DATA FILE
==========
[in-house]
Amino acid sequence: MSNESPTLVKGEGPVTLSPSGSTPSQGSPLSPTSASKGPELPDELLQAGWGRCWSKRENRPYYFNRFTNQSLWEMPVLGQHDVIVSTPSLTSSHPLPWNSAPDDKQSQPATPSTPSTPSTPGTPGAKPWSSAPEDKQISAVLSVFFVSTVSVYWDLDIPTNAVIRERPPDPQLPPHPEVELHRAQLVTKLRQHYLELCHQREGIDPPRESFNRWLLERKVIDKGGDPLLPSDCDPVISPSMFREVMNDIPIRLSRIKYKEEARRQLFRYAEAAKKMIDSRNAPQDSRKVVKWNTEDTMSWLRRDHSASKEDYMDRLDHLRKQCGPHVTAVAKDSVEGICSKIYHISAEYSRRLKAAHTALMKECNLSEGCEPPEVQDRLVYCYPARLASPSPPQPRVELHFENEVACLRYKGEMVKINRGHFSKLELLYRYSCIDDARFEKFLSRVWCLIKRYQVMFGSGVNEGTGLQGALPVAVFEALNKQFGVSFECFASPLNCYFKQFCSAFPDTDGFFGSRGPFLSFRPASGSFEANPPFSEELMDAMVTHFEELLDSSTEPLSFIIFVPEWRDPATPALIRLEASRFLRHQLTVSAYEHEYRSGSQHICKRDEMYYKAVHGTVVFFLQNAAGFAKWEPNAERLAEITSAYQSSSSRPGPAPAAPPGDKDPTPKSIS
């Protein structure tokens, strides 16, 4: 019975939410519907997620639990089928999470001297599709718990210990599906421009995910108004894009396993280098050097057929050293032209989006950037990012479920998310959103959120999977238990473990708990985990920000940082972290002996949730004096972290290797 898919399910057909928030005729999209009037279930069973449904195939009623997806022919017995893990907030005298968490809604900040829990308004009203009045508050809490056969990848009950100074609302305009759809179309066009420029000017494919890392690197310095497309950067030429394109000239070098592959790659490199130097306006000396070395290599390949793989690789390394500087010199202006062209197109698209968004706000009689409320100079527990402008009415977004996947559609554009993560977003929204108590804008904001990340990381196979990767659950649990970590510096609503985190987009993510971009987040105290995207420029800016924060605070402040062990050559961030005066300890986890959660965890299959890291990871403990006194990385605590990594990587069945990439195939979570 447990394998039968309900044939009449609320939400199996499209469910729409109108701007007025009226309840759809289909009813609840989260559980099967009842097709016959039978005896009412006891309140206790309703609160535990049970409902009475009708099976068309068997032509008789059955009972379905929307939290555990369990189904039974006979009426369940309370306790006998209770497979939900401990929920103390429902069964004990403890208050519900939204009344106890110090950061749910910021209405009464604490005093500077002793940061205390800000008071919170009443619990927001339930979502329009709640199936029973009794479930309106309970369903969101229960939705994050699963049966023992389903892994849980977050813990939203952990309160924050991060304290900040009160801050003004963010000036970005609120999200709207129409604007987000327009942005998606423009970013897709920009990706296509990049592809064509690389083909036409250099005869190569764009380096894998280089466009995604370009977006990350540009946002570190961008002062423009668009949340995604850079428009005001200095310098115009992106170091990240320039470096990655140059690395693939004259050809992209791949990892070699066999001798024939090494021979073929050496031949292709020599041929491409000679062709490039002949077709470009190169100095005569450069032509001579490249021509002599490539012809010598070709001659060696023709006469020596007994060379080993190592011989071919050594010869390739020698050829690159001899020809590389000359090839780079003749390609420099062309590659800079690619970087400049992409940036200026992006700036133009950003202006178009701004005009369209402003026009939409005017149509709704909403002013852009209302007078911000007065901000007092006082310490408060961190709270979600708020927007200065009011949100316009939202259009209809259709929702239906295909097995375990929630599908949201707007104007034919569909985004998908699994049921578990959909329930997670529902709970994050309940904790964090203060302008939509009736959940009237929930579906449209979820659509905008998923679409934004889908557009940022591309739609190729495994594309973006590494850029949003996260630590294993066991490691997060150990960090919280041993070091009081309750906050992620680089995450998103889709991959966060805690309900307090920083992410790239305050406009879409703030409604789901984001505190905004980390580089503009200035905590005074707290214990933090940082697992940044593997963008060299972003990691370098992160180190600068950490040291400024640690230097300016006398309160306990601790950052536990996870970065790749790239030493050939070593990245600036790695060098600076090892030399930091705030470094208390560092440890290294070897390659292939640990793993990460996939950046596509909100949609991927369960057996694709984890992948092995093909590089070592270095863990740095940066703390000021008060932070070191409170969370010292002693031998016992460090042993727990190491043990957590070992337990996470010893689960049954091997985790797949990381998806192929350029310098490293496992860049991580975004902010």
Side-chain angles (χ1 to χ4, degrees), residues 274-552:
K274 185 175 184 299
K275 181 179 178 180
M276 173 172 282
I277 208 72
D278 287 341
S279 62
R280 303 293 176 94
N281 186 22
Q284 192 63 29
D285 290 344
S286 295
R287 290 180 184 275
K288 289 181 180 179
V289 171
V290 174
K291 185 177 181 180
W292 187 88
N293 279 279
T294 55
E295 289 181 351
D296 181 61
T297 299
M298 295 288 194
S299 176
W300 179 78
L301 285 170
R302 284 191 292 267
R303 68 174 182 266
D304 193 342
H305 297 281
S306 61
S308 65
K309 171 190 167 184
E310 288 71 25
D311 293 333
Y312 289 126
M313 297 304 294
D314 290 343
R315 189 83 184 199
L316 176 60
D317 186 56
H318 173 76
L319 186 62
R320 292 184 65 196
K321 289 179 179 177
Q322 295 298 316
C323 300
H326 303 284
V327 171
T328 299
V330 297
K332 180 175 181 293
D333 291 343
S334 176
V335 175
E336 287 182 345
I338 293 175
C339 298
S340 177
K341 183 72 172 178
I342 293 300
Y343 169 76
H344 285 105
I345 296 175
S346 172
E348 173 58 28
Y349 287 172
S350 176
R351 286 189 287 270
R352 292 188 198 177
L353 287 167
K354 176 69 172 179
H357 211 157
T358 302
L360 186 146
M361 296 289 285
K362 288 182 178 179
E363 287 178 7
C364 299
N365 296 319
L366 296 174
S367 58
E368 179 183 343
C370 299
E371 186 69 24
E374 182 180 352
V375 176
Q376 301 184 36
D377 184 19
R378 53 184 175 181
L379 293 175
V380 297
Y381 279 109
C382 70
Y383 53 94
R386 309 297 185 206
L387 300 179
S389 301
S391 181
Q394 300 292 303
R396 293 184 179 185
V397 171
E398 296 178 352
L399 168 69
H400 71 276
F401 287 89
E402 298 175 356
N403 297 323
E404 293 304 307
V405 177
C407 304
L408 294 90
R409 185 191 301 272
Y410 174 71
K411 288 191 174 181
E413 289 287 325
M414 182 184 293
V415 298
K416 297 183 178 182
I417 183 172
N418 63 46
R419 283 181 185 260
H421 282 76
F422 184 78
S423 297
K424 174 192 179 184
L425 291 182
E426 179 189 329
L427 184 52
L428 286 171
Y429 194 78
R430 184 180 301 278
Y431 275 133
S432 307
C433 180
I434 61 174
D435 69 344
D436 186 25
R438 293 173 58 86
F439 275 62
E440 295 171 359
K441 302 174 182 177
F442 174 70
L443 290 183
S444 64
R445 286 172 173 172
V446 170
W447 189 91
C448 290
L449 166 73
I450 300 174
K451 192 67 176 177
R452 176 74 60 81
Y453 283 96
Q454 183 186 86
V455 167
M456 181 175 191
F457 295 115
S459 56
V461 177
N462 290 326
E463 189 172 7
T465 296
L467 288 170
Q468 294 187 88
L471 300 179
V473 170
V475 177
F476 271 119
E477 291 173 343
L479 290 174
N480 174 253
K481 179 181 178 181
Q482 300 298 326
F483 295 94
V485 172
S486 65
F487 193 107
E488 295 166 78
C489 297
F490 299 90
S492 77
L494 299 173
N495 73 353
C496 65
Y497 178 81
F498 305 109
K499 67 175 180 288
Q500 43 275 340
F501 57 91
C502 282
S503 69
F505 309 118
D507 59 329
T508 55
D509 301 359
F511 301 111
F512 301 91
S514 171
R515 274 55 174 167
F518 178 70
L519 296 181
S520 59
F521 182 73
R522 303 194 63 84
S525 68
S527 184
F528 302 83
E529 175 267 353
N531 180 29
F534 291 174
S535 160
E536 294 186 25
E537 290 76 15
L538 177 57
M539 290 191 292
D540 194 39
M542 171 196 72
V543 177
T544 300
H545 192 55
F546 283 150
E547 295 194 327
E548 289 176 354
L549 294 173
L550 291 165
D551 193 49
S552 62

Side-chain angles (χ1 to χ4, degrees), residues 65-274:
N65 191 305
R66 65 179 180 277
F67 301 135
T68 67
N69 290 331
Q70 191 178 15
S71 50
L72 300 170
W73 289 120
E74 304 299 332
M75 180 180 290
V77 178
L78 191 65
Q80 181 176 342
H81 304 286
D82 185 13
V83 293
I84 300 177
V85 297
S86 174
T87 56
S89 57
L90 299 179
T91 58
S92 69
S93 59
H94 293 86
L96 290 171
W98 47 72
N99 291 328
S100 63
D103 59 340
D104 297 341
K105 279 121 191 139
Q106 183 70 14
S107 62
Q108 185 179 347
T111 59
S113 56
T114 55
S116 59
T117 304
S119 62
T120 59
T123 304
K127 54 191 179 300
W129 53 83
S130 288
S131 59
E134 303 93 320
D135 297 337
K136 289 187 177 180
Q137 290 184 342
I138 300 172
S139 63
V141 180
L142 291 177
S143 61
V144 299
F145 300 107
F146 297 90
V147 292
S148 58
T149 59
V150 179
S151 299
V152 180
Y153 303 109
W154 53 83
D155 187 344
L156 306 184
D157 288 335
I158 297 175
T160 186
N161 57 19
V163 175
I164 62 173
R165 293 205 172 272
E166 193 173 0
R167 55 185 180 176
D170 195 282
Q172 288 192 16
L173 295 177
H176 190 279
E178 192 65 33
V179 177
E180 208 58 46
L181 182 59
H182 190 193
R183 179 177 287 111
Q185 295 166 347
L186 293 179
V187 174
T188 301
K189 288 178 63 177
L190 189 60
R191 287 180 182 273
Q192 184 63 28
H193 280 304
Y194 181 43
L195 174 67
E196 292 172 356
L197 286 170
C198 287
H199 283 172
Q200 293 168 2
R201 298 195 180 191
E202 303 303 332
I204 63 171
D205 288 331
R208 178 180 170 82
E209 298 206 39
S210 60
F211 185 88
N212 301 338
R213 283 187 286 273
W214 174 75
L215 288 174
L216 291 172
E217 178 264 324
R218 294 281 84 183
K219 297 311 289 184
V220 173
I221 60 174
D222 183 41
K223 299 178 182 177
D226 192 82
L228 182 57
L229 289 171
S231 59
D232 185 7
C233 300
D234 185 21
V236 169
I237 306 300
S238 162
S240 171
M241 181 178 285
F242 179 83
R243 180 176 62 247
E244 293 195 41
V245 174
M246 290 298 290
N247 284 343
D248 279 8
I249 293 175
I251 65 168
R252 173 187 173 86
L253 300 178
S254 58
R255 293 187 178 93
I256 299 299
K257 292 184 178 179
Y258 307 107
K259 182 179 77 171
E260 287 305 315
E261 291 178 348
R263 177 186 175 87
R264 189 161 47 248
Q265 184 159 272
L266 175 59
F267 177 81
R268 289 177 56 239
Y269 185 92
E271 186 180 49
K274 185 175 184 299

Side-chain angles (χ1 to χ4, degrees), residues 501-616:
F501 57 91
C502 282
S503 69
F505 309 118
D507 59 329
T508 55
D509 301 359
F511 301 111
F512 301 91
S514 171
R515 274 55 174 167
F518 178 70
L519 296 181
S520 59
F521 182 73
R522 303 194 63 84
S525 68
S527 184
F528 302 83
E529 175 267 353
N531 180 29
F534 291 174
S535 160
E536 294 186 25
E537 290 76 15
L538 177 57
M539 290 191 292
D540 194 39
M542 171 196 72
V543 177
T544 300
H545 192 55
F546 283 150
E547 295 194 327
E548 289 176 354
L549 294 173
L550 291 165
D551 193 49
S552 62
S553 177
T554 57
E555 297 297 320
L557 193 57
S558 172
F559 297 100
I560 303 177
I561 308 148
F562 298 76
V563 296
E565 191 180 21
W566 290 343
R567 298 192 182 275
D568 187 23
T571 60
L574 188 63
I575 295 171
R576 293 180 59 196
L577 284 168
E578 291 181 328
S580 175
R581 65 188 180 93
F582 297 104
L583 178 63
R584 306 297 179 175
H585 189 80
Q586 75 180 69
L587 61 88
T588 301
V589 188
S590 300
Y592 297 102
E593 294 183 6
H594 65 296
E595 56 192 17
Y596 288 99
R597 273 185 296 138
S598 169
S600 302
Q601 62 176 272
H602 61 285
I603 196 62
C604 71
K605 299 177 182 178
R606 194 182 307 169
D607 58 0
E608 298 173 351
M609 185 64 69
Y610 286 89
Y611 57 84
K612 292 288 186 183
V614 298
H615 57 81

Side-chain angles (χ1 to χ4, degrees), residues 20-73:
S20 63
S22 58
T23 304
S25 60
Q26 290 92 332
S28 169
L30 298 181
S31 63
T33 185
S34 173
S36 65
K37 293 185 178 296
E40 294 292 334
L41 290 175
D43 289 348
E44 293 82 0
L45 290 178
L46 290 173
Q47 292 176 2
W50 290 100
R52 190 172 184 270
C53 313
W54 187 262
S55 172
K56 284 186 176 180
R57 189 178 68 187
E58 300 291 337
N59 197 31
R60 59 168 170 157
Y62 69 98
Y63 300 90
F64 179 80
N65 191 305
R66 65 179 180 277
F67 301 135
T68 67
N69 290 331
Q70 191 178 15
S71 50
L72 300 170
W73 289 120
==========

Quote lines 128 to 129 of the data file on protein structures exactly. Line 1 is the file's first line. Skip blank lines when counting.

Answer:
F422 184 78
S423 297